China open letter calls for political reforms | Asia| An in-depth look at news from across the continent | DW | 27.02.2013
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China open letter calls for political reforms

In an open letter to the Standing Committee of China's National People's Congress, intellectuals have demanded the government ratify the International Covenant on Civil and Political Rights, which it signed in 1998.

On March 5, China's National People's Congress will convene for its annual session. This year, however, it marks the beginning of a new legislative period - one which will be led by Xi Jinping, who will be officially elected as the country's leader at the gathering.

Each year, petitioners race to make their demands for change ahead of the parliament session.

In the latest in a string of open letters, over 100 Chinese intellectuals - among them, legal experts, prominent thinkers and politicians - have called on the Standing Committee of the National People's Congress to ratify the International Covenant on Civil and Political Rights (ICCPR).

Chinese Premier Wen Jiabao (L) talks with Vice President Xi Jinping (R) after the fourth plenary meeting of the National People's Congress's (NPC) annual session at the Great Hall of the People in Beijing on March 11, 2012. (Photo: LIU JIN/AFP/Getty Images)

Xi Jinping (left) will be officially elected president on March 5

"On the eve of the opening of the 12th National People's Congress of the People's Republic of China, as China's new government prepares to take the stage," the letter starts, "we solemnly and openly propose the following as citizens of China: that the [ICCPR] be ratified, in order to further promote and establish the principles of human rights and constitutionalism in China."

The ICCPR was signed by the government in Beijing in October 1998 but has yet to be ratified. One of the signatories of the letter, political scientist Dr. Wu Qiang, told DW it was high time for that to happen.

"If the People's Congress fails to ratify the pact in the coming five-year legislative period - and perhaps even fails to address it at all - then China's position as a veto power in the UN Security Council must be seriously reconsidered" as it would indicate that there was no "consensus over basic, universal rights" in the country.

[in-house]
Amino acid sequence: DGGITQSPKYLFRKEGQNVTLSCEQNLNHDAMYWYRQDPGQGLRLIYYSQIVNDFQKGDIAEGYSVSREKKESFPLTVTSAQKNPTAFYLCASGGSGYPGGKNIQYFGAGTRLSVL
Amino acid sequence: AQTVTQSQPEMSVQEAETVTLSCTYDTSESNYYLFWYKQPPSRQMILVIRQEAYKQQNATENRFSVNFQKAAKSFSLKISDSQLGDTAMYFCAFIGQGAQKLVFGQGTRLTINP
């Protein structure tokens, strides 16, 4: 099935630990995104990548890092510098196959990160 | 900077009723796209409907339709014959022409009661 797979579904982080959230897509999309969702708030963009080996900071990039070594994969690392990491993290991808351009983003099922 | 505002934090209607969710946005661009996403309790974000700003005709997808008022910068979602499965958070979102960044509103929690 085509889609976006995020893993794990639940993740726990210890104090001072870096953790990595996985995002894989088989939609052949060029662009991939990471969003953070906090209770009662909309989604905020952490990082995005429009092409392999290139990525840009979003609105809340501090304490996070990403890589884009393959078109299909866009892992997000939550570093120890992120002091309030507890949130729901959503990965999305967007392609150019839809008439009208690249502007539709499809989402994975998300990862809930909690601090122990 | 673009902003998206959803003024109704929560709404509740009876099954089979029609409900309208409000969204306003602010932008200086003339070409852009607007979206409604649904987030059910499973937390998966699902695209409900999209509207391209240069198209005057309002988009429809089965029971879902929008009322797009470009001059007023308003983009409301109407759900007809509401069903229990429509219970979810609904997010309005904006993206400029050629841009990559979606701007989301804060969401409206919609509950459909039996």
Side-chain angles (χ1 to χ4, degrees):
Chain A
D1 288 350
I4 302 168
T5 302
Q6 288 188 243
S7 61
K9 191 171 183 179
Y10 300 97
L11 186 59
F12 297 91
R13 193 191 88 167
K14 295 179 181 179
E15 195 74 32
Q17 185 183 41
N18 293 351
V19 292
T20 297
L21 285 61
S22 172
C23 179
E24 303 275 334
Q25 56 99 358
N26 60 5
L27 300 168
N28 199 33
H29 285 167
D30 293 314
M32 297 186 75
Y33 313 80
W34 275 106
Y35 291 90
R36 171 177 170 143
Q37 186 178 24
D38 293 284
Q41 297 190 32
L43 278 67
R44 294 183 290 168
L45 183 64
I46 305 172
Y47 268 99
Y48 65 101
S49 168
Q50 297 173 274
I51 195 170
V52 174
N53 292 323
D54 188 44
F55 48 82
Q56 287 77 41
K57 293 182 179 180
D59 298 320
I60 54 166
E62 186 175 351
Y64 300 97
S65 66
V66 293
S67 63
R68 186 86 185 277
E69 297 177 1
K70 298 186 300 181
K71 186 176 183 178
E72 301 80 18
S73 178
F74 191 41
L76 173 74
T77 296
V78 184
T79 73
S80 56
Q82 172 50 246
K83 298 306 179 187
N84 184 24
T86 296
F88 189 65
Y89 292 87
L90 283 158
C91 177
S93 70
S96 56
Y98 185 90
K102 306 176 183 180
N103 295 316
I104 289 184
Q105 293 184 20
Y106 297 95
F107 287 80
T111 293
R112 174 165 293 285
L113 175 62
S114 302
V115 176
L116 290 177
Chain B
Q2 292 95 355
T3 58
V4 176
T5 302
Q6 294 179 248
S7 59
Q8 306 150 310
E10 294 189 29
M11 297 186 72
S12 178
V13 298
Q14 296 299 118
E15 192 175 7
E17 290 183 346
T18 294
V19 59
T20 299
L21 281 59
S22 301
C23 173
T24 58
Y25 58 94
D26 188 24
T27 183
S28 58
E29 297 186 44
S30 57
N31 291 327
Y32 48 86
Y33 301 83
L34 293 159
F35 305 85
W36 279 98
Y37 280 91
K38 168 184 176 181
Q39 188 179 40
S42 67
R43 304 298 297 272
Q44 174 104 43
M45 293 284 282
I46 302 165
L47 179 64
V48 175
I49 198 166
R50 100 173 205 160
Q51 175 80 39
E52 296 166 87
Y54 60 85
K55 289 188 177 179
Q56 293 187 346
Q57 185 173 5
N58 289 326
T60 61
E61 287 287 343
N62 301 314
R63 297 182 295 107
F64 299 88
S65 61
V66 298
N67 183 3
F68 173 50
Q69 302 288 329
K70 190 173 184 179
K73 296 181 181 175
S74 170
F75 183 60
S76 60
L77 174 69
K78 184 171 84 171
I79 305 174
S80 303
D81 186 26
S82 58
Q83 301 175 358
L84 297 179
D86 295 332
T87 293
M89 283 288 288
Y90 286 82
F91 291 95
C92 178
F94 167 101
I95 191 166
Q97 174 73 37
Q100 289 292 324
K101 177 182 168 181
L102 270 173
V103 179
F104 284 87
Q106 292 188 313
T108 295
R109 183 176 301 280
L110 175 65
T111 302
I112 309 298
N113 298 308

Beijing only signed the covenant at the end of the 1990s, according to Wu, because it "desperately wanted to get into the World Trade Organization."

"But the fact that it has still not been ratified over a decade later only shows the hesitant and conservative attitude of Beijing's circle of power."

Deputies attend the opening ceremony of the Fourth Session of the 11th National Peoples Congress (NPC) at the Great Hall of the People in Beijing, China, 5 March 2011

The National People's Congress convenes each March in the Great Hall of the People

Human Rights Watch welcomed the open letter, calling it a "powerful signal."

"The people who signed that letter have risked a lot. Experience has shown that the Chinese government does all it can to prevent such letters from getting out," said Wenzel Michalski, Germany director of Human Rights Watch. He also called it a victory for the petitioners that the letter was able to be published online despite the secret service, whose "responsibility is to squelch such dissent before it even breaks out."

New tone, old demand

In an earlier open letter written in December, 2012, over 70 people demanded "urgent reforms to the system" lest the country succumb to a "violent revolution."

It read, "If reforms to the systems urgently needed by Chinese society keep being frustrated and stagnate without progress, then official corruption and dissatisfaction in society will boil up to a crisis point and china will once again miss the opportunity for peaceful reform and slip into the turbulence and chaos of violent revolution."

The latest letter, however, was significantly more moderate in its tone.

"It tries to make a reasonable, fact-based case for China's ratification of international human rights charters, showing that such a move would both enable a prosperous and peaceful China, and at the same time ensure the legitimacy of political power," David Bandurski, of the Hong Kong-based China Media Project, told DW. An alarmist, confrontational or overbearing tone, he added, would probably not serve this objective.

According to the China Media Project, the letter had been intended for publication in a leading newspaper. Authorities, however, stopped it from going to press on Thursday, February 28. Nonetheless, the letter was circulated in advance on social media websites.

Growing consternation

Demonstrators gather along a street near the headquarters of Southern Weekly newspaper in Guangzhou, Guangdong province, January 7, 2013 (Photo: REUTERS/James Pomfret)

Journalists of the Southern Weekly newspaper demanded press freedom in January

Calls for reform, especially in human rights and press freedom, have been growing louder in China. The beginning of the year saw an uprising of journalists calling for an "editorial revolution" in southern China's Guangdong province after the province's propaganda chief edited out and in part re-wrote parts of the Nanfang Zhuomo's, or "Southern Weekly," New Year's edition.

"Voices calling from human rights and press freedom are not necessarily to be taken as signs. They speak to a growing consciousness of rights in Chinese society, and a growing willingness among citizens to be involved and hold their leaders to account," Bandurski said.

Regardless of whether or not the letter will have an impact at the National People's Congress, according to Bandurski, it "is important in and of itself as a reflection of a growing determination on the part of citizens from a range of backgrounds to drive the debate in Chinese society."

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